A Place at the Table. Dir. Kristi Jacobson and Lori Silverbush. Perf. Jeff Bridges, Tom Colicchio, Ken Cook. Participant Media, 2012. Film.
Made by Participant Media, the same company that produced 2008 film Food, Inc., A Place at the Table creates a clear picture of hunger and food insecurity as it exists today in America. It investigates a handful of today’s 50 million incidents of food insecurity, working to dispel the myth that hunger is reserved for those who are literally starving, and proposes solutions which center around government and policy changes.
The film is similar to Food, Inc. in that its main drive is in-depth storytelling of individuals and families. Unlike Food Inc., however, it is not broken up into themed chapters. Instead, these individuals and families reappear in a non-linear fashion, contributing to each others’ stories in order to add to themes which weave throughout. These characters include Barbie Izquierdo, Philadelphia single mother of two (one of whom has various health problems) who depends on SNAP and struggles to find a job, only to lose her benefits when she finally finds a job; Colorado 5th grader Rosie, who cannot focus in school because she often goes hungry, relies on community resources, and hopes her kids will have a better life than she; and Tremonica, an obese, asthmatic, and diabetic Mississippi child who embodies the effects of her state’s notoriously calorie-dense, nutrient-deficient diet. The film follows these characters throughout the country to reveal food insecurity’s main causes (lack of access, lack of money, lack of education and prohibitive or counterproductive government policies) and effects (hunger, malnutrition, stress, depression, humiliation, obesity, learning disabilities, diabetes).
Other characters are highlighted to convince the viewer that government intervention is necessary, by highlighting that these characters can only do so much, and especially within a system that works against them. Barbie’s confidant, as well as doctor and fellow “Witnesses to Hunger” advocate, Mariana Chilton, brings Barbie to Washington, explaining “these guys are the ones who make it happen.” Rosie’s Pastor Bob Wilson runs a soup kitchen, yet sees that the need is greater than what he is able to supply. Finally, Tremonica’s teacher Odessa Cherry teaches her enthusiastic 2nd graders about fruits and vegetables, but cannot help parents who work with a limited budget and whose dollars go further when buying junk food than produce.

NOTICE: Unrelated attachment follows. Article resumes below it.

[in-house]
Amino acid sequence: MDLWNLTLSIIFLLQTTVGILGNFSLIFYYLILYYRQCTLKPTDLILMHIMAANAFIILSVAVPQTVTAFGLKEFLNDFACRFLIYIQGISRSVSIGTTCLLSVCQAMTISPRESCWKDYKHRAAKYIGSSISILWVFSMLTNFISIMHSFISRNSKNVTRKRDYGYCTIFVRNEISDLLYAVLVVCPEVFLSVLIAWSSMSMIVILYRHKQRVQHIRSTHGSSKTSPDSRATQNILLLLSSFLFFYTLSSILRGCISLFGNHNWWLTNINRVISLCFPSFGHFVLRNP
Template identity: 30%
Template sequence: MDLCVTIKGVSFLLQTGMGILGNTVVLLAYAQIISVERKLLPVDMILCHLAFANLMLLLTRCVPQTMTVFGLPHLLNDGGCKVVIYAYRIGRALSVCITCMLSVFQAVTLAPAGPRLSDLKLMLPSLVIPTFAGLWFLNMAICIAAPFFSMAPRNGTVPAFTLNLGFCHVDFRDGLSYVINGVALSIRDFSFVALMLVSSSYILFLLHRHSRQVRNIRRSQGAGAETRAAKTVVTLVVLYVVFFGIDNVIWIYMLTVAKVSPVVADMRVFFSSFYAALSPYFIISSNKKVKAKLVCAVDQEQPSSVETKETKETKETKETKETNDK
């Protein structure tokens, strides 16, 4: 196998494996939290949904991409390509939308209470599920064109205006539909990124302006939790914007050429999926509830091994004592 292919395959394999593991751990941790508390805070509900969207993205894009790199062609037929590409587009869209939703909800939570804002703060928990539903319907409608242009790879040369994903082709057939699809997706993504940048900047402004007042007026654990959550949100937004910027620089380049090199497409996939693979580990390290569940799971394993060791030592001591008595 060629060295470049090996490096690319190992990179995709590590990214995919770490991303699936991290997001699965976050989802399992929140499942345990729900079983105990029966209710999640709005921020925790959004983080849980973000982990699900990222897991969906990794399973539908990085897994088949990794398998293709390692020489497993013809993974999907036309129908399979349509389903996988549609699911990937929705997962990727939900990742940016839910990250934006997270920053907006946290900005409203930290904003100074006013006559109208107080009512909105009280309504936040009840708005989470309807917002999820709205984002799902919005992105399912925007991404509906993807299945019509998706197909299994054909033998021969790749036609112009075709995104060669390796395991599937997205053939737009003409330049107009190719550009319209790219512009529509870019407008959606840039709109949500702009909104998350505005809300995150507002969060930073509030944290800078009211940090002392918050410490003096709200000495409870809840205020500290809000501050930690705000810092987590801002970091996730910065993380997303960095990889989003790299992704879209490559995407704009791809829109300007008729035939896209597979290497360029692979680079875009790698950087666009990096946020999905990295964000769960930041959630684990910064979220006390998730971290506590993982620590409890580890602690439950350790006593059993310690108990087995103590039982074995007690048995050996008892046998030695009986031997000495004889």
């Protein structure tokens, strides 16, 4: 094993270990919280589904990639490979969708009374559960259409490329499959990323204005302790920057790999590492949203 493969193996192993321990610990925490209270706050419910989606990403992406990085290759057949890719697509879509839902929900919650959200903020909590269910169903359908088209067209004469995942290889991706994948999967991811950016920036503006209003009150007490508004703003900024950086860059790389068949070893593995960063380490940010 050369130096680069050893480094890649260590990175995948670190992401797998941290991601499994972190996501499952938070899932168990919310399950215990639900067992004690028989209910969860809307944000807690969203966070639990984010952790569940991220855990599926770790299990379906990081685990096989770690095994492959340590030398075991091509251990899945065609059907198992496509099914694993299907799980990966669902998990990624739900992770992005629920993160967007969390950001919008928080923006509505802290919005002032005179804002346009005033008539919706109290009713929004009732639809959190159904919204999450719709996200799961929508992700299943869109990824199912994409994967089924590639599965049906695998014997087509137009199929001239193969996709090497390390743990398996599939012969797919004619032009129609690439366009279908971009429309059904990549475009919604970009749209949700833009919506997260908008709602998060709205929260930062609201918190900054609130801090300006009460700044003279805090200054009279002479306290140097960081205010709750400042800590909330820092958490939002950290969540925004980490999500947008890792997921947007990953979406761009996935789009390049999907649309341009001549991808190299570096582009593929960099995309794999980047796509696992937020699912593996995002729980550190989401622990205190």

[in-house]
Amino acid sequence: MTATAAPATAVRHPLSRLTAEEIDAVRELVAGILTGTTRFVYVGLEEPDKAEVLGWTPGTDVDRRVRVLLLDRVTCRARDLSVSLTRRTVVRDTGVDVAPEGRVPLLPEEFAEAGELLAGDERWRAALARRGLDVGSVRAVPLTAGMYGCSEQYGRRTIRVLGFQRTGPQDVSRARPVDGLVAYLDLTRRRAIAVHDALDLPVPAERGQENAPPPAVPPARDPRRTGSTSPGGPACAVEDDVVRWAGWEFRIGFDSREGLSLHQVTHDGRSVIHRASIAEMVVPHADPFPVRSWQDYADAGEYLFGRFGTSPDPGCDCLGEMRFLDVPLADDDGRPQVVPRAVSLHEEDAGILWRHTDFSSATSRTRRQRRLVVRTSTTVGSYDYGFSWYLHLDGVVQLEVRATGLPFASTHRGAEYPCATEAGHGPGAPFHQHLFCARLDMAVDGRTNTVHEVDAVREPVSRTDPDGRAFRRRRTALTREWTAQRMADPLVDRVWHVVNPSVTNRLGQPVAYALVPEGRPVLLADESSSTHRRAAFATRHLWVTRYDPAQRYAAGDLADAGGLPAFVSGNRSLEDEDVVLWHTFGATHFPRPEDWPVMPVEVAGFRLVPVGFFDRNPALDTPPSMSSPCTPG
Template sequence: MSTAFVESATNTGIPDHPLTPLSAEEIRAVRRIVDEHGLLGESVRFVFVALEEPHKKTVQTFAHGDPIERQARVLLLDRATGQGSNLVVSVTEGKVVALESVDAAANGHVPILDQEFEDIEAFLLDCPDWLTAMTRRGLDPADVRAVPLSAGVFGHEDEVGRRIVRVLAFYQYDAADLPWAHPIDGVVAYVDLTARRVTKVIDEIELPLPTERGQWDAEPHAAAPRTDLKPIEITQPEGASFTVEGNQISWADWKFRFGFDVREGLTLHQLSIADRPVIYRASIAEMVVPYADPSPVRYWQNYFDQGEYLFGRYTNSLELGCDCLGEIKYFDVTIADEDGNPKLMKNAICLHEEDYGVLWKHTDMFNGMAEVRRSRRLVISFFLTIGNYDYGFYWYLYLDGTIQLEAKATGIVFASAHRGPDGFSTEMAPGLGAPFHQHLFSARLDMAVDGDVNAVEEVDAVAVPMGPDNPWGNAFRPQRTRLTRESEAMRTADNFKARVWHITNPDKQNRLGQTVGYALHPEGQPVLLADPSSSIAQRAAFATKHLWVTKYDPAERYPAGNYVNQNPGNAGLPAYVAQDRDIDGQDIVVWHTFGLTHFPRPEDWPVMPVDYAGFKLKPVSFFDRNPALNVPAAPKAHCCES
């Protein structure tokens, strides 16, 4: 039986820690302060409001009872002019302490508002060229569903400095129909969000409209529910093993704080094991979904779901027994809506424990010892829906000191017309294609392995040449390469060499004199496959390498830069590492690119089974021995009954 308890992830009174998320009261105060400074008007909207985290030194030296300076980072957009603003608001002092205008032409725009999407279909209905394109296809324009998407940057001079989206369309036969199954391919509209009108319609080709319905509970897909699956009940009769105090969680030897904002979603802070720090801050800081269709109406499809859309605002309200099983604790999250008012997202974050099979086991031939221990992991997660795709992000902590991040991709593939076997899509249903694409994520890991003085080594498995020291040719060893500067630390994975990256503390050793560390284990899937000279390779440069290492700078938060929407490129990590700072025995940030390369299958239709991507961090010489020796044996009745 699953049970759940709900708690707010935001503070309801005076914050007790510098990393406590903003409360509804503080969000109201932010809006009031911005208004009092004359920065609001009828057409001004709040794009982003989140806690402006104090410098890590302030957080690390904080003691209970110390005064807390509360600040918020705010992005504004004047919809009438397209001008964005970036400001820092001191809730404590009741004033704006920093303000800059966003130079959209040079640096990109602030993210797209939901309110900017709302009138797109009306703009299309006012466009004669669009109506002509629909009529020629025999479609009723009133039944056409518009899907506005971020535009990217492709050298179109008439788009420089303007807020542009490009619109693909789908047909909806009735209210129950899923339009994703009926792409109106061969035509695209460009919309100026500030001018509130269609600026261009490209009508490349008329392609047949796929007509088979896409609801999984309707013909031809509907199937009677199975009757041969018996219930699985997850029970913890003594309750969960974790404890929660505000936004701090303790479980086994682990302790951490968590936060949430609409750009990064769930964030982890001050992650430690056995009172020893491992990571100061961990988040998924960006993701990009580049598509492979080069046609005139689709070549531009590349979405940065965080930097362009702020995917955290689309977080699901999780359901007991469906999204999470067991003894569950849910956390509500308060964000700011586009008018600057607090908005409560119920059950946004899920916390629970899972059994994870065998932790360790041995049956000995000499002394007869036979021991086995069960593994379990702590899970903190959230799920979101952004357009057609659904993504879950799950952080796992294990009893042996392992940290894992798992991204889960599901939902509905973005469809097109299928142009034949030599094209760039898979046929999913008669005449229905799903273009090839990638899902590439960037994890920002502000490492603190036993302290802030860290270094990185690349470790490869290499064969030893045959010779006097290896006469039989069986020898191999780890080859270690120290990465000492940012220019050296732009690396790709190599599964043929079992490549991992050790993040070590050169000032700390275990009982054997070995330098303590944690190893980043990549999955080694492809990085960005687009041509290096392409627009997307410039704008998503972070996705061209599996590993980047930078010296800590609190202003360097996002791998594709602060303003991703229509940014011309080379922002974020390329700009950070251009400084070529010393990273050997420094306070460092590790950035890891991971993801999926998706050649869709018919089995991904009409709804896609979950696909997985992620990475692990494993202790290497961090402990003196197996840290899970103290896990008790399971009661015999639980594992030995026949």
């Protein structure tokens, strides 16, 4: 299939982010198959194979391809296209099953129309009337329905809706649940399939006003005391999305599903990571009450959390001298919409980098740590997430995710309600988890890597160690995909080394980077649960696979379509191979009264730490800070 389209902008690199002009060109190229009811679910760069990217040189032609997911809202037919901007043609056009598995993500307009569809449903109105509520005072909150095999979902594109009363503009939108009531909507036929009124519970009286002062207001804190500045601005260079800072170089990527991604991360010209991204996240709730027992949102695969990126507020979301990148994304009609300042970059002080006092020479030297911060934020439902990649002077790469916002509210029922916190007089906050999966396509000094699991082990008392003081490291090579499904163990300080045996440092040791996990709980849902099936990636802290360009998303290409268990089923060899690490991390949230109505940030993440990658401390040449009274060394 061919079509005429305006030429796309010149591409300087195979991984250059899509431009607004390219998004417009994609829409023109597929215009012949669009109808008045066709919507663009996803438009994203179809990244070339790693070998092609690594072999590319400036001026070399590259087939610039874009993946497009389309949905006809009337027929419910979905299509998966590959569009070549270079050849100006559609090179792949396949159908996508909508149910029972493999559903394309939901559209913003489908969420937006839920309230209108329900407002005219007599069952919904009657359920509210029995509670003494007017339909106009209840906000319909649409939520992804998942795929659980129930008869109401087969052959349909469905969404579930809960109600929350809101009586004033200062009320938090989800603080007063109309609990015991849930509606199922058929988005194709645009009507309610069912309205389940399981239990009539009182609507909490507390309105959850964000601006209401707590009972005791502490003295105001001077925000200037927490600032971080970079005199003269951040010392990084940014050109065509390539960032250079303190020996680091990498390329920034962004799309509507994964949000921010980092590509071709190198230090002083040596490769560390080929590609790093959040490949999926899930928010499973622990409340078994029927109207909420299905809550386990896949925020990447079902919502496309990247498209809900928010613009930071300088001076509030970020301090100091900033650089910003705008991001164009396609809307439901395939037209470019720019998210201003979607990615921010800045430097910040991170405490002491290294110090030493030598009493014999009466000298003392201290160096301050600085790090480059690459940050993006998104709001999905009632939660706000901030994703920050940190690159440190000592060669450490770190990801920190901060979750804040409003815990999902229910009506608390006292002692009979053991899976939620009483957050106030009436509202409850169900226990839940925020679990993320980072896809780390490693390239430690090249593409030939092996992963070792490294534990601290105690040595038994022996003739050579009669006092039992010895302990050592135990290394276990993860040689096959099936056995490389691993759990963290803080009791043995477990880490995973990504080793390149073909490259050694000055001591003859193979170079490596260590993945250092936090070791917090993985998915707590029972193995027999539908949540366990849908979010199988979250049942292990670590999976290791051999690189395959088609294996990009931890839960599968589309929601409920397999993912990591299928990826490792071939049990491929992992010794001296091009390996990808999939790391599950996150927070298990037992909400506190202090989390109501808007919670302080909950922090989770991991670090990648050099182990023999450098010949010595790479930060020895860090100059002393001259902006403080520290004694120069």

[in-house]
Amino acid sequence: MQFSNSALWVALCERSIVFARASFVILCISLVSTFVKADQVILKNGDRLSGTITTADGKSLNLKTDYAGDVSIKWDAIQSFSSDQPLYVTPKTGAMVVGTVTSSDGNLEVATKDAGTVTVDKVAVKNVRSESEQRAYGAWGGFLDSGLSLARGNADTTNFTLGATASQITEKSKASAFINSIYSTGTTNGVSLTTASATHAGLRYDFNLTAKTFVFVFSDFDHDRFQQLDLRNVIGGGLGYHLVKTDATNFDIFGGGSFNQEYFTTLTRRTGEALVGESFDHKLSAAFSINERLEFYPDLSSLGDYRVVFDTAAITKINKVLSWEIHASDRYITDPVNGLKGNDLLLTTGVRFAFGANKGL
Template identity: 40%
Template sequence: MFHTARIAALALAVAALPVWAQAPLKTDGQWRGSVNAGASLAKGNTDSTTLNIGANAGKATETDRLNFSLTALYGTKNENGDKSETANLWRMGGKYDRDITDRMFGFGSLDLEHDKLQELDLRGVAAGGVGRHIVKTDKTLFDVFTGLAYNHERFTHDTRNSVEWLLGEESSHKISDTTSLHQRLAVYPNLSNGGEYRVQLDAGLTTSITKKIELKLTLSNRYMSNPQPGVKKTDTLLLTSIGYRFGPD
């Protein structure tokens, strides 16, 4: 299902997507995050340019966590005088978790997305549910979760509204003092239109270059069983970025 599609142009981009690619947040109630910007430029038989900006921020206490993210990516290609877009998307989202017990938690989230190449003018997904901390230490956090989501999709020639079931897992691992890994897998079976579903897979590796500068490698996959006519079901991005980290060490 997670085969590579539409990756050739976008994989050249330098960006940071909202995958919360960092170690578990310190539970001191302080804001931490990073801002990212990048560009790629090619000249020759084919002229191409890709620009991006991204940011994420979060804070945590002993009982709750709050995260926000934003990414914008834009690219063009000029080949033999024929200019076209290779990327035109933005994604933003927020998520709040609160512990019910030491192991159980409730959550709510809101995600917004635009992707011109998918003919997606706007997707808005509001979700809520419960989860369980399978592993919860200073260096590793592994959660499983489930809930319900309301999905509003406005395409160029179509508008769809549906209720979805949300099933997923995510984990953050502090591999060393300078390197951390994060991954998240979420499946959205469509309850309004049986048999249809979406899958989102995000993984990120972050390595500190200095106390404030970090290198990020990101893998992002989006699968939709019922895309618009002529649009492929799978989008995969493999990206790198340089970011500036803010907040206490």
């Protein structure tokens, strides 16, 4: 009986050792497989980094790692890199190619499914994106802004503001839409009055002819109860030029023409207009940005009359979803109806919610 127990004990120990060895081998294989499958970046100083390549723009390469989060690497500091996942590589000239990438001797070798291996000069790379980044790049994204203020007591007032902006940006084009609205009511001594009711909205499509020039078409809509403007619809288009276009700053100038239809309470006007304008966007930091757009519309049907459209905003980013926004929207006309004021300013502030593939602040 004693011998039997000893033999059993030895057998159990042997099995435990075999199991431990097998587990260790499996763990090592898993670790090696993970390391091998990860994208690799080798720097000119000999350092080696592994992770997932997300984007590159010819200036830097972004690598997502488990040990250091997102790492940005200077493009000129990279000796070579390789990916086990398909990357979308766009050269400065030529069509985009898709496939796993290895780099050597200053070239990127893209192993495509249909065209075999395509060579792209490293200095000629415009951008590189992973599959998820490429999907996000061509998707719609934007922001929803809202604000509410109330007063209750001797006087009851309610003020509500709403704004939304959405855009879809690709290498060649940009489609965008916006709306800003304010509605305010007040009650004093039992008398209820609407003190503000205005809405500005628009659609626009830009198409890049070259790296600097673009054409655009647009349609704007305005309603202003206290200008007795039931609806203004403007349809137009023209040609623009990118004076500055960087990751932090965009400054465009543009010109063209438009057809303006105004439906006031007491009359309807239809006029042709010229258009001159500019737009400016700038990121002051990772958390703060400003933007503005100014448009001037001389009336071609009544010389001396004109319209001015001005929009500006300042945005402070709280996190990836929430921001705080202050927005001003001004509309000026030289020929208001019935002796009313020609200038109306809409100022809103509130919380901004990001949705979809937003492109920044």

Narration, info-graphics, and commentary add to the film’s message that alternative aids are meant to be emergency resources, and that government and policy change are the only realistic means for ending food insecurity. Occasional narration guides and offers clarification or shocking facts when necessary (example: 23.5 Americans live in food deserts, 75% of which are urban; 70% of USDA subsidies go to 10% of its beneficiaries, and only 4% are for fruits and vegetables). Interjections by authors, activists, politicians, doctors, chef Tom Colicchio and actor Jeff Bridges offer insight on characters’ first-hand experiences, often allowing the viewer to gain greater meaning from them (Ex: One commentator explains that 85% of poor Americans have at least one job). Animated info-graphics offer a timeline of hunger in America, revealing to the viewer that hunger, obesity, and food insecurity is not a new problem, but that it was almost solved in the 1970s until Reagan’s tax cuts and military spending.
A Place at the Table creatively traces the leading causes of food insecurity, examines the health-related repercussions and emotional toll of such food insecurity, and is able to convince the viewer that food insecurity is a serious problem which can, must and should be remedied through government aid. The film does a good job of finding people throughout the country with shockingly similar stories and revealing the ubiquitous nature of food insecurity. It is not overly laden with facts, but is mainly story-based. Yet it still presents a clear and credible case.
A Place at the Table had a few shortcomings. The film had a clear focus on the effects of food insecurity on children. As a result, it mostly neglected the elderly, disabled, homeless, and unemployed. This may be because it is easiest to argue that children deserve food no matter what, especially when marketing to Americans who, as one commentator explains, “have a love-hate relationship with the poor.” It was also a fairly one-sided narrative, with most commentators sharing extremely similar opinions and merely working to seamlessly reinforce each others’ views. The film left it up for no debate that governmental action is the only solution to systemic food insecurity.
Finally, my biggest problem with the film was that while it was able to draw viewers in and convince them that consumer interest and power is necessary to get legislators to act, there were no clear action steps prescribed! After empowering viewers to be the change, the film basically says “this is wrong–do something.” The final moment of the film encapsulated this perfectly, as it revealed a screen with the words “Everyone Deserves a Place at the Table” and then a number to text in order to donate $10. There was no mention of Participant Media’s website “Take Part,” which has created advocacy and education opportunities, and no simple advocacy steps to leave with. While effective in conveying a complicated issue in a compelling and easy-to-follow manner, A Place at the Table left me sad, angry, energized, and ready to fight hunger, yet without any outlet for this inspiration.
Following up on Steve Lopez’s article about Ron Finley and his urban garden in Crenshaw, this blog has a video about his garden. I’ve found that in the case of urban gardens, imagery is very poignant. Touching story.